New Mexico’s environmental and oil and gas regulators are facing budget cuts for the next fiscal year, as nine months of the COVID-19 pandemic and a significant downturn in the oil market has depleted the state’s budget.
The budget reductions come after years of attrition in regulatory budgets under the Susana Martinez administration. The New Mexico Environment Department’s budget was cut by 32 percent between fiscal years (FY) 2012 and 2019, which was the last fiscal year budget passed by the legislature in 2018 before Martinez left office, according to a report released by the New Mexico Wilderness Alliance. The Energy, Minerals and Natural Resources Department (EMNRD) saw its budget drop roughly 24 percent under the Martinez administration between fiscal years 2012 and 2019.
In Gov. Michelle Lujan Grisham’s first budget proposal for FY2020, NMED’s general fund increased 6 percent compared to FY2019, while EMNRD saw a 9 percent increase in fiscal year 2020 over 2019. The departments saw similar increases in the FY2021 budget. But some of that progress will be reversed as the state grapples with the fiscal ramifications of a nearly year-long public health emergency and an oil boom bust.
NMED to cut back on some services
NMED submitted a $89.2 million budget request for fiscal year 2022. That includes $12.5 million requested from the state’s general fund, a 5 percent reduction over FY2021’s general fund allocation.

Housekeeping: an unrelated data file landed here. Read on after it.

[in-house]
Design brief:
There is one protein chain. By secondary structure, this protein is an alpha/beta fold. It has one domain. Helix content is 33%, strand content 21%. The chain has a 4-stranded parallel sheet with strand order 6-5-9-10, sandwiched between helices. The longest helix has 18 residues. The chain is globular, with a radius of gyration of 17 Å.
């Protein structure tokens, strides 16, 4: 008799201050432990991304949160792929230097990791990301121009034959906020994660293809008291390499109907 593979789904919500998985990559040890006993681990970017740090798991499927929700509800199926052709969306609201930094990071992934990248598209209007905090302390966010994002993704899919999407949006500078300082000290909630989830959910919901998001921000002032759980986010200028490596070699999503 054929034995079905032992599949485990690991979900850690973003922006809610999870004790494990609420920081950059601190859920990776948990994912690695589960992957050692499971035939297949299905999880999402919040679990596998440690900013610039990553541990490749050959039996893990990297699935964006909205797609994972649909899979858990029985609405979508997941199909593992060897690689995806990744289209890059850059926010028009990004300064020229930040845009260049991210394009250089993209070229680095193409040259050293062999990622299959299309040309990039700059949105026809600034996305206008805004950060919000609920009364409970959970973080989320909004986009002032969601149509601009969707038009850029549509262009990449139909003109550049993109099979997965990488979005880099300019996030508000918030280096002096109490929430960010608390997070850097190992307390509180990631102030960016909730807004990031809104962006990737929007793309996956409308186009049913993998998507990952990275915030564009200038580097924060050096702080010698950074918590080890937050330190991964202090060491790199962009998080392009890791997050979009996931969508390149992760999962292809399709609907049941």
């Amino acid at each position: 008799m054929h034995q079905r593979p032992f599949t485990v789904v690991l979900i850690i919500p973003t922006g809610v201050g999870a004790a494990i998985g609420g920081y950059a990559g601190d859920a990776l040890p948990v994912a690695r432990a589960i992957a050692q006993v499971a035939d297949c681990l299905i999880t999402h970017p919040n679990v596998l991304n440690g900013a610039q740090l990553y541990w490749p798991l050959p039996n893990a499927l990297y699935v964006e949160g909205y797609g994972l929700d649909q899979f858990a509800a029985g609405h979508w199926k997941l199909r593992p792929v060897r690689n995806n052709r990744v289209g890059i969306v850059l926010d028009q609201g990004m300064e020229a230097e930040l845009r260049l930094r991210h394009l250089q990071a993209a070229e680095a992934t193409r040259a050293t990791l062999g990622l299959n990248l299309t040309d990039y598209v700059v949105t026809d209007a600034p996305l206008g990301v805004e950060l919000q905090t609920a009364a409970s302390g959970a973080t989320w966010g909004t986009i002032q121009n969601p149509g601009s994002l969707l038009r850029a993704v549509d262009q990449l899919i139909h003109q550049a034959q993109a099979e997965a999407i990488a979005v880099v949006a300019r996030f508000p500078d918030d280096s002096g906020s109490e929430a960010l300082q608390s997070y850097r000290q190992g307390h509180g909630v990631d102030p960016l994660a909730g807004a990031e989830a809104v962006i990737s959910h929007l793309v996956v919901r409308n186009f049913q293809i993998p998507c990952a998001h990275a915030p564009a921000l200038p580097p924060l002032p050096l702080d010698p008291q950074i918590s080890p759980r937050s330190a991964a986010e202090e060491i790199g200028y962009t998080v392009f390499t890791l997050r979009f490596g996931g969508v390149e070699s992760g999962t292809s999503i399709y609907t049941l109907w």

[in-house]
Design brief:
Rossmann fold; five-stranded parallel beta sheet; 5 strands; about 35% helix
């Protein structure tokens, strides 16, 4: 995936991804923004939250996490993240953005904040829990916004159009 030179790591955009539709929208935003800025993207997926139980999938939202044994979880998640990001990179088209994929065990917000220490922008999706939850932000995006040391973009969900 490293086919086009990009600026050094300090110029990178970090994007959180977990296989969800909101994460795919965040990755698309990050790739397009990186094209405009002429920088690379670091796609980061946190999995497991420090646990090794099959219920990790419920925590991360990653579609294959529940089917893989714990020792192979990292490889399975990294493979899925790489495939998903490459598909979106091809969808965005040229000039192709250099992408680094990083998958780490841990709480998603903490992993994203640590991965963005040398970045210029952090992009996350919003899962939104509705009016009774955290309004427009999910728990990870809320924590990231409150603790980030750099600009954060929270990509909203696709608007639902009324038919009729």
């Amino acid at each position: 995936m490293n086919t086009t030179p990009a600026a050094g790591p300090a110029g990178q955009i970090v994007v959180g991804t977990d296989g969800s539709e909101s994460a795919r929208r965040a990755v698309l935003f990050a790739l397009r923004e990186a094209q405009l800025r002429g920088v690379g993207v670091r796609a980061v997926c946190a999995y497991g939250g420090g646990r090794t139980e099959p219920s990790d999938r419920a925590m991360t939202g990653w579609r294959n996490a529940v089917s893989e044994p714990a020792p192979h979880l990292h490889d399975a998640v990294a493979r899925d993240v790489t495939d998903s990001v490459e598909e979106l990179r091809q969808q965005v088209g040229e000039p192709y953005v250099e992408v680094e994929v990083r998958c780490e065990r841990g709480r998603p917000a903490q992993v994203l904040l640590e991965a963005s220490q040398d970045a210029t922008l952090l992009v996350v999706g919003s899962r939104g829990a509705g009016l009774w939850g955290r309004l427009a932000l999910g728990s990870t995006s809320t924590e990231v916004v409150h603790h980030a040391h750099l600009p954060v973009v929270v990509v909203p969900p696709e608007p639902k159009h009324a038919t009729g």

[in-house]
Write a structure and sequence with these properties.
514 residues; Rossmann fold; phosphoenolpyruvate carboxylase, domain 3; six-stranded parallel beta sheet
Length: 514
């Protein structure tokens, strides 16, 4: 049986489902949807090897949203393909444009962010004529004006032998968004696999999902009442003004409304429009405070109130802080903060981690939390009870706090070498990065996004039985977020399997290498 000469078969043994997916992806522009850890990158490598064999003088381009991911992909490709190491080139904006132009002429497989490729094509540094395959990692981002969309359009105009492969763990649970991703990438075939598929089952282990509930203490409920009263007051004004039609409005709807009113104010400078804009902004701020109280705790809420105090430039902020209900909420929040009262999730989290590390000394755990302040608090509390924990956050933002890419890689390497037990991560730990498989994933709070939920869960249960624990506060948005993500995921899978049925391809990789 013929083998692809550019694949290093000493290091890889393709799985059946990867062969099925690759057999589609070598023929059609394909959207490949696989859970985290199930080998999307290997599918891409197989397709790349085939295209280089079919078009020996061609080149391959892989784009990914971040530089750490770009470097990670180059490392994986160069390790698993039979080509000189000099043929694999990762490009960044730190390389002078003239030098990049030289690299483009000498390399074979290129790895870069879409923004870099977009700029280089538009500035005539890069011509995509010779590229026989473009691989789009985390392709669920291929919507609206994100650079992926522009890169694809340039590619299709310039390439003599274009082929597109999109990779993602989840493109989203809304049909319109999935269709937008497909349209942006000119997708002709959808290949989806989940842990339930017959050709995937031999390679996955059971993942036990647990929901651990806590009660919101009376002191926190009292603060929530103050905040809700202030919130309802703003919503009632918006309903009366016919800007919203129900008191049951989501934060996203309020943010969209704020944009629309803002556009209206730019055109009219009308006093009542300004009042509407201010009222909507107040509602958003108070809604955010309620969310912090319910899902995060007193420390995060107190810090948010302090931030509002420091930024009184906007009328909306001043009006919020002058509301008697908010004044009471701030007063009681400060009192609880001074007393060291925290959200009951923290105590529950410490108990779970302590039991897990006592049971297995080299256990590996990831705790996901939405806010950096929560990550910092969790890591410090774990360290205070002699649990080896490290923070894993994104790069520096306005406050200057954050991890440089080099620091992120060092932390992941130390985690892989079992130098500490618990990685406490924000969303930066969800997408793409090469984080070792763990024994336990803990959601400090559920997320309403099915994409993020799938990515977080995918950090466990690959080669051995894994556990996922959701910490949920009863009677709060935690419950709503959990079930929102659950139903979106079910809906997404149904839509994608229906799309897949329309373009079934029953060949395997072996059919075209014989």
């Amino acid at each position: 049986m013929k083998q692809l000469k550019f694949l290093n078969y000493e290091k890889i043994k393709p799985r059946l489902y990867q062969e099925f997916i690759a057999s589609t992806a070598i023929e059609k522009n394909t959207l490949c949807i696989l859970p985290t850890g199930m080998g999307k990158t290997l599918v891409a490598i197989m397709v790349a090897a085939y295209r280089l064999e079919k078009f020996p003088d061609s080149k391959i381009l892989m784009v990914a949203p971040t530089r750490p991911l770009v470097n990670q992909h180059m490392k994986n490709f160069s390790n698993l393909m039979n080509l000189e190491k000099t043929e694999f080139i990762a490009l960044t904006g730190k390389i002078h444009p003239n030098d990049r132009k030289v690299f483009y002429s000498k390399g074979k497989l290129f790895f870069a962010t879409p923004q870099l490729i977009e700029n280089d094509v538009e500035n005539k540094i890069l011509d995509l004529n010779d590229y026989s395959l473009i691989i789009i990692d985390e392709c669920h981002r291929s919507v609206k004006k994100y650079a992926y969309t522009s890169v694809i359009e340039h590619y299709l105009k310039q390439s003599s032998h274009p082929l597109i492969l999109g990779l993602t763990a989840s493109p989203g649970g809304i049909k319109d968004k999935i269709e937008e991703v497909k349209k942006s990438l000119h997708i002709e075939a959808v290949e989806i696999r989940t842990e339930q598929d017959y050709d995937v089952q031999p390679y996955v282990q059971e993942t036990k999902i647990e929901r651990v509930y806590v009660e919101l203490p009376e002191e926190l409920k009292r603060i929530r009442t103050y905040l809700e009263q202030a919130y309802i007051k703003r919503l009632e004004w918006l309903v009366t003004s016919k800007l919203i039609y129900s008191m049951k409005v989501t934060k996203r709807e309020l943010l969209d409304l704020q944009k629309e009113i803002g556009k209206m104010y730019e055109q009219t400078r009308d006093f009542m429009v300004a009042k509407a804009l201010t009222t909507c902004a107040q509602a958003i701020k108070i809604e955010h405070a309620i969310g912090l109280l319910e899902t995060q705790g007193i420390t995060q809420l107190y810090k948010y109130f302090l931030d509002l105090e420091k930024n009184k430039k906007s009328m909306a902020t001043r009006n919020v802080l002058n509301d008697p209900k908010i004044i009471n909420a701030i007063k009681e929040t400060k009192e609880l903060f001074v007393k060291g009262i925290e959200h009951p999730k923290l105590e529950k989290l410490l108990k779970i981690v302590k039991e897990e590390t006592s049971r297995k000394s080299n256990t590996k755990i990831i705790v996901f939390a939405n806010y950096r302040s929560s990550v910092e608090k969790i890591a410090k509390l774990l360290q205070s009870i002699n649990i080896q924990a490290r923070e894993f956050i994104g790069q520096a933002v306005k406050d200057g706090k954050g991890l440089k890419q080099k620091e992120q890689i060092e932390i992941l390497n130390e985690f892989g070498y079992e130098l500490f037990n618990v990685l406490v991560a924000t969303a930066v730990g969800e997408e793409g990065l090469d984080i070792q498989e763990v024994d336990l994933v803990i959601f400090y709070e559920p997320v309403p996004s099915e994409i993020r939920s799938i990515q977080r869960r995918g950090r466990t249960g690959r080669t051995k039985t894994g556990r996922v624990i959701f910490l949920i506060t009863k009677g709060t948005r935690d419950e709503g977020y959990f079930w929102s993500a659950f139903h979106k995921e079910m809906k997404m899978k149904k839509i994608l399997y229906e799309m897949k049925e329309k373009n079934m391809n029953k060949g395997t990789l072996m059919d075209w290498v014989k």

The lion’s share of NMED’s budget comes from special revenue funds, not the state’s general fund. For FY 2022, the remaining $76.7 million, representing 86 percent of NMED’s budget and down $3 million from last year, would come from other sources, including grants and fees.
“We’re a very minority general fund agency; we’re a very much majority grants and special revenue funds agency,” Kenney explained to state legislators during a recent Legislative Finance Committee meeting. “We have 90 grants active at any given time and we have 24 special revenue funds. While you may see us in the context of the general fund as being relatively simple and small, the back end of our finances is extremely complex with as many grants and special revenue funds as we administer.”
The budget crunch comes as NMED has taken on more responsibilities during the pandemic. Kenney said his department has received grants and funds from the U.S. Department of Labor and the CARES Act. That money will expire and the department is hoping to secure more funding to continue its COVID response, in addition to regulating the state’s air and water resources.
But Kenney warned state lawmakers that NMED will be forced to cut services as a result of the budget cuts.